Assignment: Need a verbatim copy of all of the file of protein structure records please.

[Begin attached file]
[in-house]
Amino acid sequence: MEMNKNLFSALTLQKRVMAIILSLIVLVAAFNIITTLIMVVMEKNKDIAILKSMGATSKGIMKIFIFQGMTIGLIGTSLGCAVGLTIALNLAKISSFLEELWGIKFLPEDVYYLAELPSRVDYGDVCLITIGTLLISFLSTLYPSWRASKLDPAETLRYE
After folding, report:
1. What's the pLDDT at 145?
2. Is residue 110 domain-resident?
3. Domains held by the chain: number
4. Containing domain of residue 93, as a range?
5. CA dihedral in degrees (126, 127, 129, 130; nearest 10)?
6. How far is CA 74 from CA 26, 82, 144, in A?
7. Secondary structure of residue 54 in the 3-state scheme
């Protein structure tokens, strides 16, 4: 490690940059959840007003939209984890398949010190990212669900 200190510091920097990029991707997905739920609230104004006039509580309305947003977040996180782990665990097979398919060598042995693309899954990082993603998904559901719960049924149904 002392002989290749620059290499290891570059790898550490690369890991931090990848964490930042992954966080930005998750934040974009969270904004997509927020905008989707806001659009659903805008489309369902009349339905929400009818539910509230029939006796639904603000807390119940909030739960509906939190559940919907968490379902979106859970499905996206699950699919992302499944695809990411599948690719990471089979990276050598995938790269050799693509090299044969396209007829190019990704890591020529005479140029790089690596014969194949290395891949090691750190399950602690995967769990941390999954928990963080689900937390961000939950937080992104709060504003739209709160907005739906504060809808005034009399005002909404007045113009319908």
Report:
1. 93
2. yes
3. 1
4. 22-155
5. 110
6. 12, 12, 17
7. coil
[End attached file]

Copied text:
[in-house]
Amino acid sequence: MEMNKNLFSALTLQKRVMAIILSLIVLVAAFNIITTLIMVVMEKNKDIAILKSMGATSKGIMKIFIFQGMTIGLIGTSLGCAVGLTIALNLAKISSFLEELWGIKFLPEDVYYLAELPSRVDYGDVCLITIGTLLISFLSTLYPSWRASKLDPAETLRYE
After folding, report:
1. What's the pLDDT at 145?
2. Is residue 110 domain-resident?
3. Domains held by the chain: number
4. Containing domain of residue 93, as a range?
5. CA dihedral in degrees (126, 127, 129, 130; nearest 10)?
6. How far is CA 74 from CA 26, 82, 144, in A?
7. Secondary structure of residue 54 in the 3-state scheme
């Protein structure tokens, strides 16, 4: 490690940059959840007003939209984890398949010190990212669900 200190510091920097990029991707997905739920609230104004006039509580309305947003977040996180782990665990097979398919060598042995693309899954990082993603998904559901719960049924149904 002392002989290749620059290499290891570059790898550490690369890991931090990848964490930042992954966080930005998750934040974009969270904004997509927020905008989707806001659009659903805008489309369902009349339905929400009818539910509230029939006796639904603000807390119940909030739960509906939190559940919907968490379902979106859970499905996206699950699919992302499944695809990411599948690719990471089979990276050598995938790269050799693509090299044969396209007829190019990704890591020529005479140029790089690596014969194949290395891949090691750190399950602690995967769990941390999954928990963080689900937390961000939950937080992104709060504003739209709160907005739906504060809808005034009399005002909404007045113009319908």
Report:
1. 93
2. yes
3. 1
4. 22-155
5. 110
6. 12, 12, 17
7. coil